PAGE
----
Take the chance on a 2nd round quarterback three times and you'll end up with about the same likelihood of success as the teams that just spent a top-three pick on a QB. But you'll have paid less than half the price.
A couple days before the draft, McGeorge and I were discussing the merits of drafting Brock Osweiler. "I’m not saying we’ll draft Brock", I told him. "But I’m saying I think it’s as likely as it isn’t."
My contention was that Osweiler made sense from a risk/reward standpoint, saying "I don’t think we disagree that it’s unlikely for a 2nd round pick to end up as a franchise player. We disagree on whether it’s worth risking 330 points to win 2500 points."
And that's what I'm here to talk about - that it's wise to roll the dice and take the risk on those developmental quarterbacks. It's far and away the more attractive option for teams that have time to develop, and especially for those teams that have time to fail.
Thing is, if you want to draft a "franchise quarterback", you either wait until Peyton is gone and we stink so bad that we're drafting in those top spots like the lowest helmets on the totem pole do, or else you mortgage your future drafts to trade up into those spots once Peyton only has a year left (like the Redskins), or else you start drafting 2nd rounders right now, cross your fingers, rinse and repeat.
And believe me - that last choice - the odds are with you moreso than with any other choice. For teams with time to train and time for trial and error, drafting a 2nd round pick is easily the most attractive option. The odds are with you there, as is The Force.
Well, I can't actually prove to you that the force is strong in that one... But I think I can prove to you that the odds are better by taking 2nd rounders. And it's cheaper. Cheaper and better and better odds of landing your guy. Win, win, win. But first...
You only get one shot if you wait.
The desire to 'win now' is loud and overt and it's a happy and exciting time for we Bronco fanatics. But I don't want to just win now; I want to win forever. We've got about three years to implement a post-Peyton plan that ensures we're not trading picks away to get the new guy like the Raiders or Redskins, and to ensure that we're not left looking weak and pathetic like the Colts.
When you fail to address the problem preemptively, and once you need a quarterback immediately, you're screwed. Plain and simple. No matter where you draft him, you're forced to play him earlier than he should be. It stunts healthy growth and can lead to bad habits forming. It can lead to confidence problems. It leads to losses, which lead to new management, which leads to a new quarterback. They, too, get one chance. They make the same moves by drafting him early, playing him early and building the team around compensating for this too-young-to-play quarterback, which makes them ignore long-term plans. Once teams get into that cycle, it's tough to get out. The best coaches don't want to go there, the best players don't want to play there. And some of the fans no longer want to cheer there.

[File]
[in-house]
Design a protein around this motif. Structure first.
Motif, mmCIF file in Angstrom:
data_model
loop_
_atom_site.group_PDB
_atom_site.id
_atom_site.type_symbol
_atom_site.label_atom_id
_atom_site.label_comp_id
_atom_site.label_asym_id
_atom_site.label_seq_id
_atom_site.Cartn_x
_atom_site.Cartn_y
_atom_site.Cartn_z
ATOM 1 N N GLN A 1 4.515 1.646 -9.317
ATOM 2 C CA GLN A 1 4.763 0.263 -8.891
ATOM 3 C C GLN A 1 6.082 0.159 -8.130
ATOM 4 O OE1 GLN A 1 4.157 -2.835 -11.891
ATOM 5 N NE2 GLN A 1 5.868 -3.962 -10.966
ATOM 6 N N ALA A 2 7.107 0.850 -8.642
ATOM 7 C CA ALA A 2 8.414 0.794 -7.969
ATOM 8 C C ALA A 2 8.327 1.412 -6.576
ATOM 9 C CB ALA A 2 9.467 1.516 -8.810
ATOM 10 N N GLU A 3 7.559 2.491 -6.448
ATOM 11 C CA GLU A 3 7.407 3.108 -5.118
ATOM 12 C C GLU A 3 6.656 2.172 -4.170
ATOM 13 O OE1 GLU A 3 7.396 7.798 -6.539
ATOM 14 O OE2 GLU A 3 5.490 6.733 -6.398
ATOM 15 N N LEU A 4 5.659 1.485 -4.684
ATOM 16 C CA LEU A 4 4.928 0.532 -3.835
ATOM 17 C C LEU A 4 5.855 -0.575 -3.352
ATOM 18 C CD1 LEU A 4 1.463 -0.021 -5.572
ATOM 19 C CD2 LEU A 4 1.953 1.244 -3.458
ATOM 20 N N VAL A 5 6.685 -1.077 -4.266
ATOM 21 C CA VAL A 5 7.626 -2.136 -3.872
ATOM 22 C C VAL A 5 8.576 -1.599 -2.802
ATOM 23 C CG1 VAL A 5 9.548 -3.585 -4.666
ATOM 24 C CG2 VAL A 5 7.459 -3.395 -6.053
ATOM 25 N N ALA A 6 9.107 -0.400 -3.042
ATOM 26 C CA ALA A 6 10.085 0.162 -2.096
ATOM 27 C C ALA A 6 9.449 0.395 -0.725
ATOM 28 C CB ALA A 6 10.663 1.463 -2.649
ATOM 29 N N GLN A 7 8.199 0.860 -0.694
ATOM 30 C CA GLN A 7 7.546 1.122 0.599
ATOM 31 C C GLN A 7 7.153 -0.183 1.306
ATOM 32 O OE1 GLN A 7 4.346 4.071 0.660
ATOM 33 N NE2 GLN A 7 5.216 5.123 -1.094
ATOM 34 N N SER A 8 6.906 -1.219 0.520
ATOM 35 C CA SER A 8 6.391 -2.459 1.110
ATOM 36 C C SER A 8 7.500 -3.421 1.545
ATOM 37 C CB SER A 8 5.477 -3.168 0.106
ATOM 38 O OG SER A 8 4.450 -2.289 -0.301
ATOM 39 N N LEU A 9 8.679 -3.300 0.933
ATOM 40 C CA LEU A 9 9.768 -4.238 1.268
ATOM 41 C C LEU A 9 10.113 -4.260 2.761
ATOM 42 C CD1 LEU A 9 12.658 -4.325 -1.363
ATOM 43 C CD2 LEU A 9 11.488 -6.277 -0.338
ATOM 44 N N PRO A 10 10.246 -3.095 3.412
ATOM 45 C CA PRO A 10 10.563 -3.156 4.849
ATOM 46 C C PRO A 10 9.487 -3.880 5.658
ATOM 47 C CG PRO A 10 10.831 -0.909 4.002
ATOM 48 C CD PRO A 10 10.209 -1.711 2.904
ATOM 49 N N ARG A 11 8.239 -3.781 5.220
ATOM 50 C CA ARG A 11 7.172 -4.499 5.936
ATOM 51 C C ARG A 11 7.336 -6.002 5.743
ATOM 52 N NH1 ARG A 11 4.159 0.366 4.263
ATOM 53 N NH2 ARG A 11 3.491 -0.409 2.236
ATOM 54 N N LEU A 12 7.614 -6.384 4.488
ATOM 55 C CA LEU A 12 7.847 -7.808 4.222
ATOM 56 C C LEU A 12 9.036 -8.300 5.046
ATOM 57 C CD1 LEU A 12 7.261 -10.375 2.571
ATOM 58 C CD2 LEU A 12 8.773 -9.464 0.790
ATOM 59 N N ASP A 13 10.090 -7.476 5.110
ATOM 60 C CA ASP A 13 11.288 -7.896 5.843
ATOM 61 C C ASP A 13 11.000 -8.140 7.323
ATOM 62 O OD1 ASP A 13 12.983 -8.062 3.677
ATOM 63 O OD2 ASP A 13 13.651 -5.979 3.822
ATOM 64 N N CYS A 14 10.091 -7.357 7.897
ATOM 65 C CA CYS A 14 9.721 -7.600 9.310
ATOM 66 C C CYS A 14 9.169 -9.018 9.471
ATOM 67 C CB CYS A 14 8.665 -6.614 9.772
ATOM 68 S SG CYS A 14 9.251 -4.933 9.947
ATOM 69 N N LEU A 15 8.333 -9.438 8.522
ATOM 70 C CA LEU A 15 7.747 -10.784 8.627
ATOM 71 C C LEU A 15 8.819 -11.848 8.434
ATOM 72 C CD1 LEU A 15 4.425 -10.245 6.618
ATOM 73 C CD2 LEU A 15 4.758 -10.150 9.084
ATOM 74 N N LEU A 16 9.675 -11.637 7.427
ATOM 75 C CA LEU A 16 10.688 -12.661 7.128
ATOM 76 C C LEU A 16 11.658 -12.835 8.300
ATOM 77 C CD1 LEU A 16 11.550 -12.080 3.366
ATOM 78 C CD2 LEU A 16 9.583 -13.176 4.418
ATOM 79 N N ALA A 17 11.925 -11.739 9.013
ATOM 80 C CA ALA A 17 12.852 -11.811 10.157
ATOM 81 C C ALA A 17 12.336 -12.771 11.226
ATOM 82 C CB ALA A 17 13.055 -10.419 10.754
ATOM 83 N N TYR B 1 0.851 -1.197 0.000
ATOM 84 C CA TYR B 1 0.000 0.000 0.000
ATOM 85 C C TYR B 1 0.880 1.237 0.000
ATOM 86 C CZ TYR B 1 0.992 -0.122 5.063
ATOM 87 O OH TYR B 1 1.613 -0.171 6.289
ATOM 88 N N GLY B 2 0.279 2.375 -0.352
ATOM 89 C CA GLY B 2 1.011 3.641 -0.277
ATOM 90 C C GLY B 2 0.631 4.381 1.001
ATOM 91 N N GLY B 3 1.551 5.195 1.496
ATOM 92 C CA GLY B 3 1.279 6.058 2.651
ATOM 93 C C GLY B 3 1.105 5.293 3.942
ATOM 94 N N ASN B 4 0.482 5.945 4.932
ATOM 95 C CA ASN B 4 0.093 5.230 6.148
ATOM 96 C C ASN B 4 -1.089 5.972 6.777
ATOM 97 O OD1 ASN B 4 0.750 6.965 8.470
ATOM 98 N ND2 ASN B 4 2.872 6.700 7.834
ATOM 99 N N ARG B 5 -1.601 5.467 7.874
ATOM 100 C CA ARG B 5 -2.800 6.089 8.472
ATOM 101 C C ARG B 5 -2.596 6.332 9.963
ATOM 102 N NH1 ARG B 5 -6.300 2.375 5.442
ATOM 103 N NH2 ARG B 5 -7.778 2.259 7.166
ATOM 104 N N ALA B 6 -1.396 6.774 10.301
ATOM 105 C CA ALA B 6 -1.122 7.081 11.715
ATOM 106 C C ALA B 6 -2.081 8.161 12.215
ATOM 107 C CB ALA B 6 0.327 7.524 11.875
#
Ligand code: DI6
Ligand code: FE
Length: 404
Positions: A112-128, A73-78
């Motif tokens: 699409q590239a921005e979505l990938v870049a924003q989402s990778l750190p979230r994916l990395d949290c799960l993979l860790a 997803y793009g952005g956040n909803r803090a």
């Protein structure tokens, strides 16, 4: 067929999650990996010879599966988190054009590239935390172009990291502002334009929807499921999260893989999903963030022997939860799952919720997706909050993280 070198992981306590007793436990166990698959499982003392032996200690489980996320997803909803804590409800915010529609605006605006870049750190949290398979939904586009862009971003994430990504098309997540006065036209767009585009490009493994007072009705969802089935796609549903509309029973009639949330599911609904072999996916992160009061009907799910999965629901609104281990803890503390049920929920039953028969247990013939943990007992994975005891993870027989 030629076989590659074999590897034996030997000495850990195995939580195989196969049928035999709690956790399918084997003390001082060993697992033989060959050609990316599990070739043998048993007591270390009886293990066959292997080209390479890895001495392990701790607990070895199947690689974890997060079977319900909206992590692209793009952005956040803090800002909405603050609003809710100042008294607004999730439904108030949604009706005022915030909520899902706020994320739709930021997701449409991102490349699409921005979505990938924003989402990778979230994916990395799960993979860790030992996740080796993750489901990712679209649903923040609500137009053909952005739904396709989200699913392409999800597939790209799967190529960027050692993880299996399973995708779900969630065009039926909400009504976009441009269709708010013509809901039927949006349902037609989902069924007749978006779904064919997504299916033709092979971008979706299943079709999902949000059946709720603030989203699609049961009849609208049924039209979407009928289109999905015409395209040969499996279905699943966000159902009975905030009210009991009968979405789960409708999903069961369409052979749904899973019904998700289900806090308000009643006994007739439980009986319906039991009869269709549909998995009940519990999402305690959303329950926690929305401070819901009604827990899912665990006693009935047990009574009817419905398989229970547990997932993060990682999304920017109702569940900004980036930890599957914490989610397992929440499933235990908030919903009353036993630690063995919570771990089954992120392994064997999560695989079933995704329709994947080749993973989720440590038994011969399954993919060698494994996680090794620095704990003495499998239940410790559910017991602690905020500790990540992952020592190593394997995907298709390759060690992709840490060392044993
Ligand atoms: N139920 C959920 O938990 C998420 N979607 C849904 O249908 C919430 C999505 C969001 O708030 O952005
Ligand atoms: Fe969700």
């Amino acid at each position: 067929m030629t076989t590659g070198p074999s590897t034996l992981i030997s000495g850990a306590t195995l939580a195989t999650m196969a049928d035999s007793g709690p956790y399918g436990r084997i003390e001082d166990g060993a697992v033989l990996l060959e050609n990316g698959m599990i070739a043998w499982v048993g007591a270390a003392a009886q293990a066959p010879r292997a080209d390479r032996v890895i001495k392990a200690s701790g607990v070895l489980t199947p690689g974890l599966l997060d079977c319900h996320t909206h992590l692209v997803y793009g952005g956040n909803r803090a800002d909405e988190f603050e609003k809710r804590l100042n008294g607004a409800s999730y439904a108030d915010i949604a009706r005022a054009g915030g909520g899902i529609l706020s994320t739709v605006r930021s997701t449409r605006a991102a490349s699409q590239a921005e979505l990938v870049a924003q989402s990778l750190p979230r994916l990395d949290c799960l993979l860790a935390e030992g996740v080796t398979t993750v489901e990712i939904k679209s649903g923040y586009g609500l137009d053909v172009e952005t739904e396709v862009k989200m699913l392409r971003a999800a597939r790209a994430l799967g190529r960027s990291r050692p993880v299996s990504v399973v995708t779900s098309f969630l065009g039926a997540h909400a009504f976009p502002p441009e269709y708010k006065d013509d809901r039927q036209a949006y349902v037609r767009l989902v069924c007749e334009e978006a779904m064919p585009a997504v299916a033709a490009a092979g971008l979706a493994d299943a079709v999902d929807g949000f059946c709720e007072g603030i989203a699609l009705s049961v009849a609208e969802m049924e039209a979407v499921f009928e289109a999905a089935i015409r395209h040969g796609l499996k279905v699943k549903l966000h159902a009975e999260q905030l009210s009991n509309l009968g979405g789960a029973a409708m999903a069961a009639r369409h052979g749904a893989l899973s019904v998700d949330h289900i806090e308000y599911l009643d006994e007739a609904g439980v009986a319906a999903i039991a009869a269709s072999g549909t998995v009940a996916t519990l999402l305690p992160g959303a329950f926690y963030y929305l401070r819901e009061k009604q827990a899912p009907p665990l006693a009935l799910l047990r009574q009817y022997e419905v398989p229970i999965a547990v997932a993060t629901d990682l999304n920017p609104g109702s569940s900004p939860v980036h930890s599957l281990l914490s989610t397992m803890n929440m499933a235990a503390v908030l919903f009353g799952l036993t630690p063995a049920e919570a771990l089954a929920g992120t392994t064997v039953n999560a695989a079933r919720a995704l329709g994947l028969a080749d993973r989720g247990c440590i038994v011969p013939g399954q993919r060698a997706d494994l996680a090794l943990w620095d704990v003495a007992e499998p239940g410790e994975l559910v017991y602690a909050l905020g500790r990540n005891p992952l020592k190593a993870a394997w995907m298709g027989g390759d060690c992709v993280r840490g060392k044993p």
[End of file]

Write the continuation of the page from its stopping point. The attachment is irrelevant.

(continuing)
The best teams in the league have a leg up in that they have time to develop a youngster behind their current Franchise QB. Even more importantly, though, they have the stability and the confidence to fail and then try again. That's the most important key probably in this entire post... A team with a Franchise QB has the stability and confidence to fail at grooming their next QB multiple times. Teams without a Franchise guy do not have that luxury. So if we find ourselves without Peyton, John Fox will have exactly one chance at a 1st round QB. If he fails in that pick, which is about a 50% likelihood, then he's out of a job.
Probably. It probably goes about like that league wide.
When you still have a franchise QB, you can try and fail without being a failure. You have time to keep working on a replacement behind the scenes all the way up until either you find one, or until you lose your franchise guy.
We have a chance to do it like the Packers, or we can do it like the Colts. Yeah, chew on that one.
You want to know why we drafted a QB this year instead of waiting two years to start the Post-Peyton Plan (PPP for short?)? It's because it doubles your likelihood of finding a true, franchise replacement. It gives you two extra years of trial and error(s). It means you can go on to the next one without being scared of losing your job. Just demote him to eventual backup status and draft another 2nd rounder. Fans will complain, but fans also complained when the Packers drafted Aaron Rodgers. And what?